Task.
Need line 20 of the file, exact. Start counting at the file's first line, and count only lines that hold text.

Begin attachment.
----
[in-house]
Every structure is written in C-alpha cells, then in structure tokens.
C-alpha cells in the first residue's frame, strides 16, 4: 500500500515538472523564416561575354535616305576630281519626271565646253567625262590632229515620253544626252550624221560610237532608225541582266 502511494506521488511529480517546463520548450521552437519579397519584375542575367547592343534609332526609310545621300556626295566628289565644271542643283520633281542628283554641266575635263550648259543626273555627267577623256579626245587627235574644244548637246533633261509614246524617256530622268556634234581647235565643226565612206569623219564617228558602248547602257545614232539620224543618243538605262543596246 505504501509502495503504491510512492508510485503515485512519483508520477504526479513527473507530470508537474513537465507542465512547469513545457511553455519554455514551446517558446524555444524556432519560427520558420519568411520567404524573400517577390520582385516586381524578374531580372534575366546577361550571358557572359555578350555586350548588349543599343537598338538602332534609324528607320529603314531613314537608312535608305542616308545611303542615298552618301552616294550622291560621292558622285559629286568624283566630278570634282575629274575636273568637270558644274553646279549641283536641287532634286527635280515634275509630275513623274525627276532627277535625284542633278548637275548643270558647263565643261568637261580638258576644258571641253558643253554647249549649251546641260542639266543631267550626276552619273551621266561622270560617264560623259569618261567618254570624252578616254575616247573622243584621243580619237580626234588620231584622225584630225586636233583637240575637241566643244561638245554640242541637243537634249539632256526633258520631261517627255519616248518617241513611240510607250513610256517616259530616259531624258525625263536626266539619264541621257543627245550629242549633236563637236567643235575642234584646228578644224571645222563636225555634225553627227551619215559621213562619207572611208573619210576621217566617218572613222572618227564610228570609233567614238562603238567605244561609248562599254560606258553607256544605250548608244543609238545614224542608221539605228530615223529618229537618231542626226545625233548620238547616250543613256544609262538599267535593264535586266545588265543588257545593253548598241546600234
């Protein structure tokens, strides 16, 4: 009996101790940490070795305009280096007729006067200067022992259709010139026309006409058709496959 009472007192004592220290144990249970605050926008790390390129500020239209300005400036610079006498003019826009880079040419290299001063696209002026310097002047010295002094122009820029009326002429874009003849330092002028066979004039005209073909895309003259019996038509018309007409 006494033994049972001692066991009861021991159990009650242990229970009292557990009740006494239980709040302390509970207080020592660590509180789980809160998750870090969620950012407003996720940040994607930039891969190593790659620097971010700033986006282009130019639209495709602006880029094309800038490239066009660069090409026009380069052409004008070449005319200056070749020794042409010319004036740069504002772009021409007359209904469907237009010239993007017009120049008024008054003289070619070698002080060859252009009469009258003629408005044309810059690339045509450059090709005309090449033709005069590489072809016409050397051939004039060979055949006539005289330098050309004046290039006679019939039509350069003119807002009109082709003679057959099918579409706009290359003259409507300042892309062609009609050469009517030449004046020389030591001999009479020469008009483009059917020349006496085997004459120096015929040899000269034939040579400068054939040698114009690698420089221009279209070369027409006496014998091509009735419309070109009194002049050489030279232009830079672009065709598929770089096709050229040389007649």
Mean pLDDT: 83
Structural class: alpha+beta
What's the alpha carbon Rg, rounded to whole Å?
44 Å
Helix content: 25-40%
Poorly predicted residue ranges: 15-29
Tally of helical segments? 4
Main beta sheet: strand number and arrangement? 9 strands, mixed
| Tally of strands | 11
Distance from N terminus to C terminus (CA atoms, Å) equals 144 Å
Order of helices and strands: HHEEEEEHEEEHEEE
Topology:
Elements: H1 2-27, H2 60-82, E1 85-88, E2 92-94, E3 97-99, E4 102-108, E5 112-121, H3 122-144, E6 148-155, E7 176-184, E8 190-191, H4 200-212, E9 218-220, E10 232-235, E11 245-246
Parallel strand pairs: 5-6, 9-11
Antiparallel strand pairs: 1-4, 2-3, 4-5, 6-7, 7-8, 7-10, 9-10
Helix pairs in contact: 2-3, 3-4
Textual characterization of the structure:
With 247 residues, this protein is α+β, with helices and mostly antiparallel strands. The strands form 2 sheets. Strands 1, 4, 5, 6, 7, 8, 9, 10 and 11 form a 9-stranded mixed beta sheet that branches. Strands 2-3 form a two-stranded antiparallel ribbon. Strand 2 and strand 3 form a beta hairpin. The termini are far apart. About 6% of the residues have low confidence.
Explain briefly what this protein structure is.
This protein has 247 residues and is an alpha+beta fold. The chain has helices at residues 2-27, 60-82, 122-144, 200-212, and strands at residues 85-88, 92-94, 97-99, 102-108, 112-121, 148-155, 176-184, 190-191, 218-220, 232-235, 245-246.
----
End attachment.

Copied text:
Helix pairs in contact: 2-3, 3-4